Author ORCID Identifier

Date of Award

Spring 5-16-2023

Document Type

Thesis (Ph.D.)

Department or Program

Physics and Astronomy

First Advisor

Lorenza Viola


Recently, there has been an explosion of interest in re-imagining many-body quantum phenomena beyond equilibrium. One such effort has extended the symmetry-protected topological (SPT) phase classification of non-interacting fermions to driven and dissipative settings, uncovering novel topological phenomena that are not known to exist in equilibrium which may have wide-ranging applications in quantum science. Similar physics in non-interacting bosonic systems has remained elusive. Even at equilibrium, an "effective non-Hermiticity" intrinsic to bosonic Hamiltonians poses theoretical challenges. While this non-Hermiticity has been acknowledged, its implications have not been explored in-depth. Beyond this dynamical peculiarity, major roadblocks have arisen in the search for SPT physics in non-interacting bosonic systems, calling for a much needed paradigm shift beyond equilibrium.

The research program undertaken in this thesis provides a systematic investigation of effective non-Hermiticity in non-interacting bosonic Hamiltonians and establishes the extent to which one must move beyond equilibrium to uncover SPT-like bosonic physics. Beginning in the closed-system setting, whereby systems are modeled by quadratic Hamiltonians, we classify the types of dynamical instabilities effective non-Hermiticity engenders. While these flavors of instability are distinguished by the algebraic behavior of normal modes, they can be unified under the umbrella of spontaneous generalized parity-time symmetry-breaking. By harnessing tools from Krein stability theory, a numerical indicator of dynamical stability phase transitions is also introduced. Throughout, the role played by non-Hermiticity in dynamically stable systems is scrutinized, resulting in the discovery of a Hermiticity-restoring duality transformation.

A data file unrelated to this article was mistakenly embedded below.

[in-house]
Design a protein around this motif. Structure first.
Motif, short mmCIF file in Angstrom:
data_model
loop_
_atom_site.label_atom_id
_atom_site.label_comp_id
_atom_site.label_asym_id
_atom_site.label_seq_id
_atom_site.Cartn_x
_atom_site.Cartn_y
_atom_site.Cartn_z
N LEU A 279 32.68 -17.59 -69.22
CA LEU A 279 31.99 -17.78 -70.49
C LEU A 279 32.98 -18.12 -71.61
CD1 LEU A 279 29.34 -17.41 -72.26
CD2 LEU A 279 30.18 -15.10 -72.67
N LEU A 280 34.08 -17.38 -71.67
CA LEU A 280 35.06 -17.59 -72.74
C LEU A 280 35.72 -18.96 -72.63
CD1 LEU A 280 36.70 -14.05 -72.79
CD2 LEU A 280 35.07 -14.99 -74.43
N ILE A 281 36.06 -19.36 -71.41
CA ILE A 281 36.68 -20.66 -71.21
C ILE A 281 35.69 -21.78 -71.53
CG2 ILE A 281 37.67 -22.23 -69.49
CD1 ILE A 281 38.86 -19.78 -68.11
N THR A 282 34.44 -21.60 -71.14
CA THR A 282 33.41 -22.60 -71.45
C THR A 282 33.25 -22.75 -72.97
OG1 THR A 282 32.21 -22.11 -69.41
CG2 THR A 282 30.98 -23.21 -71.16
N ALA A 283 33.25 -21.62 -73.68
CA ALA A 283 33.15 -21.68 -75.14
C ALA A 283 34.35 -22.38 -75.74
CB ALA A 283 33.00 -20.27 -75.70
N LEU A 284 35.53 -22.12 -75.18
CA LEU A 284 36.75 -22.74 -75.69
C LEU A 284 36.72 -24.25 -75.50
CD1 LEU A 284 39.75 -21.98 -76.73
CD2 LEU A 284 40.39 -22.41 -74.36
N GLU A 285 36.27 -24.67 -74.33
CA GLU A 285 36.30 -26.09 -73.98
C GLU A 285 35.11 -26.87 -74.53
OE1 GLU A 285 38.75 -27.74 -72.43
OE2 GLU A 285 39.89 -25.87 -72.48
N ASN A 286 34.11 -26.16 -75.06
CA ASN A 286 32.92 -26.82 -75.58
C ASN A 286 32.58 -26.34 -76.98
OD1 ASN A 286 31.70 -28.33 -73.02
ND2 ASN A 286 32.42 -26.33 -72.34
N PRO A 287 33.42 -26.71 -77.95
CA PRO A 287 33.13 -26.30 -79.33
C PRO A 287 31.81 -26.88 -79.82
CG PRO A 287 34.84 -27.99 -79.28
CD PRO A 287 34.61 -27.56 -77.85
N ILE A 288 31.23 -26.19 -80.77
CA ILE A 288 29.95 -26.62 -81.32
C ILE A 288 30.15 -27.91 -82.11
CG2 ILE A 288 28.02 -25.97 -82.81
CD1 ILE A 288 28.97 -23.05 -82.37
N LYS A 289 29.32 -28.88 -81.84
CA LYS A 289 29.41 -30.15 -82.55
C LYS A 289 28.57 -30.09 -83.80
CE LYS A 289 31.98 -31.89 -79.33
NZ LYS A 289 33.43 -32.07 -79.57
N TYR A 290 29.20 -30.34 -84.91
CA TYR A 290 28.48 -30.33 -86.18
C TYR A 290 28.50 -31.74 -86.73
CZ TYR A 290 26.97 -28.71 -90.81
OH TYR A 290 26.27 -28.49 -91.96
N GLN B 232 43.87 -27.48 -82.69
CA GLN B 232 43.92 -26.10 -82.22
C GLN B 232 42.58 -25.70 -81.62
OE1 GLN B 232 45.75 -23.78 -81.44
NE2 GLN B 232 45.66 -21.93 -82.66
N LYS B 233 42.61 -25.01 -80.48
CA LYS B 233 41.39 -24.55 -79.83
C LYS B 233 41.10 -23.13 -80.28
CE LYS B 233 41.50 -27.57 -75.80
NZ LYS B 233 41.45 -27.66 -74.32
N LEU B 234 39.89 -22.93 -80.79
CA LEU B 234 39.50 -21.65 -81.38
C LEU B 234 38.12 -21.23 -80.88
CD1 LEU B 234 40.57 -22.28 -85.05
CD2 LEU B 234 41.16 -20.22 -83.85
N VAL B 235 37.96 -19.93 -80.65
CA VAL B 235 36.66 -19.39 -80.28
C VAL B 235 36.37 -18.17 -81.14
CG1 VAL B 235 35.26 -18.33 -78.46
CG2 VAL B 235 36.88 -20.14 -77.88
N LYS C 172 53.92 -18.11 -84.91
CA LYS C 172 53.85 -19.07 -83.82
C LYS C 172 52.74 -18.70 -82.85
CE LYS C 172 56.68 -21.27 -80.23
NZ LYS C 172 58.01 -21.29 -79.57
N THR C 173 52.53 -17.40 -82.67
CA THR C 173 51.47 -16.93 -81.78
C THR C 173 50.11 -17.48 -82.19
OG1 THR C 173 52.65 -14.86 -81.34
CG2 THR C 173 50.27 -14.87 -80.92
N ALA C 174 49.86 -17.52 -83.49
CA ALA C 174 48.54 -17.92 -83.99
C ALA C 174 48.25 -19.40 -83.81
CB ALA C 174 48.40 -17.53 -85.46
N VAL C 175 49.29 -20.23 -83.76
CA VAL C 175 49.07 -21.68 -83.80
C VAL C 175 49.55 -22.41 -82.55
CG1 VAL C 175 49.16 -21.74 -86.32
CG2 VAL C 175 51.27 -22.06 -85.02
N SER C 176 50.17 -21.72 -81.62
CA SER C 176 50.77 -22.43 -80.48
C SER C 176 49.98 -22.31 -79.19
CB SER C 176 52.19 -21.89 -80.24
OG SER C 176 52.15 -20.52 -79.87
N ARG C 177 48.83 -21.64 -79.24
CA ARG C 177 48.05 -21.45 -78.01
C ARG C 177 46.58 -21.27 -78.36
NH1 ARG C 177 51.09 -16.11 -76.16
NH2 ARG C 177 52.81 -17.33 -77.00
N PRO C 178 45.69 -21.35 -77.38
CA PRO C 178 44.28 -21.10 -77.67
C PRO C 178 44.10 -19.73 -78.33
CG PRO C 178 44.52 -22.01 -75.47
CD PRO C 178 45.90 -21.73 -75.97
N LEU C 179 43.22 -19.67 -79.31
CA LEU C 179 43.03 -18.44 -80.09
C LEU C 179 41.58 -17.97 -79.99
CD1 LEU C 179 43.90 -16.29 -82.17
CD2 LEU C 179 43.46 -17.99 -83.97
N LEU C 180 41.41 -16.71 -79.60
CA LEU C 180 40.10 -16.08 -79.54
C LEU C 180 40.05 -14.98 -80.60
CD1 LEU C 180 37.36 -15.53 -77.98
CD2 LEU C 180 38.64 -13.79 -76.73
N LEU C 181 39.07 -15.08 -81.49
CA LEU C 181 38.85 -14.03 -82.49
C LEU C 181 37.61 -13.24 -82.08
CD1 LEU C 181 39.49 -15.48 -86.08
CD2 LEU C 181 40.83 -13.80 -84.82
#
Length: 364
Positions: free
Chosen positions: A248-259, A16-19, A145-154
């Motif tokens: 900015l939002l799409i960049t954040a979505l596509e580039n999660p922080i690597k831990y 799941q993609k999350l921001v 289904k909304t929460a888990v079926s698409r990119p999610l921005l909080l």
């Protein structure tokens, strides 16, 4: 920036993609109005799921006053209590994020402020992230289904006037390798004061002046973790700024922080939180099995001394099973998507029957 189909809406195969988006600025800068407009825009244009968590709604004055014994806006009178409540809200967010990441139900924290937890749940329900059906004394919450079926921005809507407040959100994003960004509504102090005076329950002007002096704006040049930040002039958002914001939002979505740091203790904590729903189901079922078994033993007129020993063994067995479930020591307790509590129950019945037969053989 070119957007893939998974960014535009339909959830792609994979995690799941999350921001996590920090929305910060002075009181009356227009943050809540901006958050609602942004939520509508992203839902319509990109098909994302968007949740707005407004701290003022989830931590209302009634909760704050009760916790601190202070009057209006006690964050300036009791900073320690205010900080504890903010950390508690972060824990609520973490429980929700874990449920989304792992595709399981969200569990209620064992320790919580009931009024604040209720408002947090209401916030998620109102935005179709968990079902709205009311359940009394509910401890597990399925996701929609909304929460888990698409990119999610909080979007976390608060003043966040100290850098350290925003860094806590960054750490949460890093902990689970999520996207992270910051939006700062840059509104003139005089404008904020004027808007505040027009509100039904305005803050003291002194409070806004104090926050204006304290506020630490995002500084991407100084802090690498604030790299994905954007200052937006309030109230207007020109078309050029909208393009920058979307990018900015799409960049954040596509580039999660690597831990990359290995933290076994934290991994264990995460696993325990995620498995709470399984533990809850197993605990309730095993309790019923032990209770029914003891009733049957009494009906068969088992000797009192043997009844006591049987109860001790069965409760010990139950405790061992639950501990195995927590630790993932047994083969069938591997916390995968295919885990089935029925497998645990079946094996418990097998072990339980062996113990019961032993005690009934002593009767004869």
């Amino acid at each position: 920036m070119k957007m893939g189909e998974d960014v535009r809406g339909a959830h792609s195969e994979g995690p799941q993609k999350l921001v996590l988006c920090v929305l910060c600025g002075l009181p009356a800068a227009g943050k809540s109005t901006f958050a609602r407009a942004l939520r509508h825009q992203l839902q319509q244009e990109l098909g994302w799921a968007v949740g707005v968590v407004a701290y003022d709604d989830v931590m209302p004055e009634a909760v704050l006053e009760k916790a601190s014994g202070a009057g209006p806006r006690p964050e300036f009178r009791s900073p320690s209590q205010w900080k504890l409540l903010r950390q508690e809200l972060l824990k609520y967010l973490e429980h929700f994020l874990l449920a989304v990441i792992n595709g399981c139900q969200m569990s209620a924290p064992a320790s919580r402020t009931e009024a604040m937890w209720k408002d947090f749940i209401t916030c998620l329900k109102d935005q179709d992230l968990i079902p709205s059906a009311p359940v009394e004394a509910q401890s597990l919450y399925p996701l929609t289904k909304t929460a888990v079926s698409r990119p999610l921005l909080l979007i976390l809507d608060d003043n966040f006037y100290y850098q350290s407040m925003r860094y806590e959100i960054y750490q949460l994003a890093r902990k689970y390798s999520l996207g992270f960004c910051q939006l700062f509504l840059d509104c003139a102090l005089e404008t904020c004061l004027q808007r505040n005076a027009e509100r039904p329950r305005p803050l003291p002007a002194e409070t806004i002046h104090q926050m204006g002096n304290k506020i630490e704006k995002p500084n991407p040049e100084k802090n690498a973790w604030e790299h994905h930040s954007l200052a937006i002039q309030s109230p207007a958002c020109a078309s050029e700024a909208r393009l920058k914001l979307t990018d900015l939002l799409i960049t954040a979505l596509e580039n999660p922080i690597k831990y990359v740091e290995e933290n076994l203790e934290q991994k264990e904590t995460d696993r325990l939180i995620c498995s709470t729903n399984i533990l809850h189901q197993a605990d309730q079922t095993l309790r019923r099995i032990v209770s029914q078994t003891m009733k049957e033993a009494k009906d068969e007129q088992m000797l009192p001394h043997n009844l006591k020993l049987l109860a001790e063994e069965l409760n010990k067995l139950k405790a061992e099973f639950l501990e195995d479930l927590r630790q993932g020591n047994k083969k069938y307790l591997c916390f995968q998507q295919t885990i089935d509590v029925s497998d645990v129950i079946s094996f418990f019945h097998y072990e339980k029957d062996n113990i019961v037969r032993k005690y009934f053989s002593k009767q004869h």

Building on the preceding analysis, we take the necessary plunge into open bosonic systems undergoing Markovian dissipation, modeled by quadratic (Gaussian) Lindblad master equations. The first finding is that of a uniquely-bosonic notion of dynamical metastability, whereby asymptotically stable dynamics are preempted by a regime of transient amplification. Incorporating non-trivial topological invariants leads to the notion of topological metastability which, remarkably, features tight bosonic analogues to the edge modes characteristic of fermionic SPT phases - which we deem Majorana and Dirac bosons - along with a manifold of long-lived quasi-steady states. Implications regarding the breakdown of Noether's theorem are explored, and several observable signatures based on two-time correlation functions and power spectra are proposed.